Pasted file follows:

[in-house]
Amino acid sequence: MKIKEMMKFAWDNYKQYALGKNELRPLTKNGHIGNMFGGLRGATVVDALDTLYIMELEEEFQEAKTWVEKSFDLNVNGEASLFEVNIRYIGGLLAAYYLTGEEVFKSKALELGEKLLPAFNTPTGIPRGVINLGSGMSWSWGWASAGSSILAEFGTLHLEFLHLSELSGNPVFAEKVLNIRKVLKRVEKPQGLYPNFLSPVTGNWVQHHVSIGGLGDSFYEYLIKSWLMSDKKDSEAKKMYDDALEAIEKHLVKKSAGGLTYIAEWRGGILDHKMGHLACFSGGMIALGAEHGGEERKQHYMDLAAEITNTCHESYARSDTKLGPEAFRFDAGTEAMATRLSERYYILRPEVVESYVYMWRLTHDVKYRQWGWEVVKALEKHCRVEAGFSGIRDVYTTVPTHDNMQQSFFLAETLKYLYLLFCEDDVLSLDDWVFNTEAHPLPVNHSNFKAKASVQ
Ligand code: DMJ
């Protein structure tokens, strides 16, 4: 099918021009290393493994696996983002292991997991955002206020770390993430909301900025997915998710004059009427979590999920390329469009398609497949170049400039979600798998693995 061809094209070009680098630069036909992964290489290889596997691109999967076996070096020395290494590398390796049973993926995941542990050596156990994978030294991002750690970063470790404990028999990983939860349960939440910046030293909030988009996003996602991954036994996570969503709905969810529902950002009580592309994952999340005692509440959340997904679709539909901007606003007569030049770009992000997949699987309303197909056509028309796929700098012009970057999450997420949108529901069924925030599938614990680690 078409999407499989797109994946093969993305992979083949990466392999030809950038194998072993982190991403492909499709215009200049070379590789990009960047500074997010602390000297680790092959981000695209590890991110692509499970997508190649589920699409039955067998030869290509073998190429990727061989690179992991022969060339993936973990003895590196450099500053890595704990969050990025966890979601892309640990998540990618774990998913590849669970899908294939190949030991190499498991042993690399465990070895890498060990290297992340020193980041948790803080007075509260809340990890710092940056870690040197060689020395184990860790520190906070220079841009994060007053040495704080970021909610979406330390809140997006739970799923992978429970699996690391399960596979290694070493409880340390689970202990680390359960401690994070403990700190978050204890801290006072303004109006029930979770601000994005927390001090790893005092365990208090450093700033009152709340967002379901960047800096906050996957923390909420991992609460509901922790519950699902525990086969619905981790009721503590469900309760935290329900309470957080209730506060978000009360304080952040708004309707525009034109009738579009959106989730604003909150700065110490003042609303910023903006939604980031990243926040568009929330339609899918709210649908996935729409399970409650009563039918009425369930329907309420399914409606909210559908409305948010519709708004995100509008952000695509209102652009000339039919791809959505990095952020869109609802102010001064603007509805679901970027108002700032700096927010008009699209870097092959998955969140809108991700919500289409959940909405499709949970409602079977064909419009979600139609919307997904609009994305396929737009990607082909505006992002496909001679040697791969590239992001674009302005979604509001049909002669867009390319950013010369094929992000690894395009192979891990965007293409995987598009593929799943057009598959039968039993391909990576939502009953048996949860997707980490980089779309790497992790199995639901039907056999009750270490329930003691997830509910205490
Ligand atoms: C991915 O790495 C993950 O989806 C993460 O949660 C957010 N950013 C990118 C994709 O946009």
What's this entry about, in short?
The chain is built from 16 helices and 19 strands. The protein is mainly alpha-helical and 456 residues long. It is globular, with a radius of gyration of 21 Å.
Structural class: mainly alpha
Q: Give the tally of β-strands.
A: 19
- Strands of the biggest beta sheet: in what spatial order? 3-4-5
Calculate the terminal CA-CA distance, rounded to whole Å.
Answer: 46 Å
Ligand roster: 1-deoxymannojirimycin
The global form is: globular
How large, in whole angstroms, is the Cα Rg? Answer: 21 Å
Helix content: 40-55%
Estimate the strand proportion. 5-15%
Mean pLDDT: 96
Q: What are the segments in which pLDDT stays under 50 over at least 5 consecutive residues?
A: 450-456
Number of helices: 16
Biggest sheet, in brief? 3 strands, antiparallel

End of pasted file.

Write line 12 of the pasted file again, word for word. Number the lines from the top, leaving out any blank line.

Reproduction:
Calculate the terminal CA-CA distance, rounded to whole Å.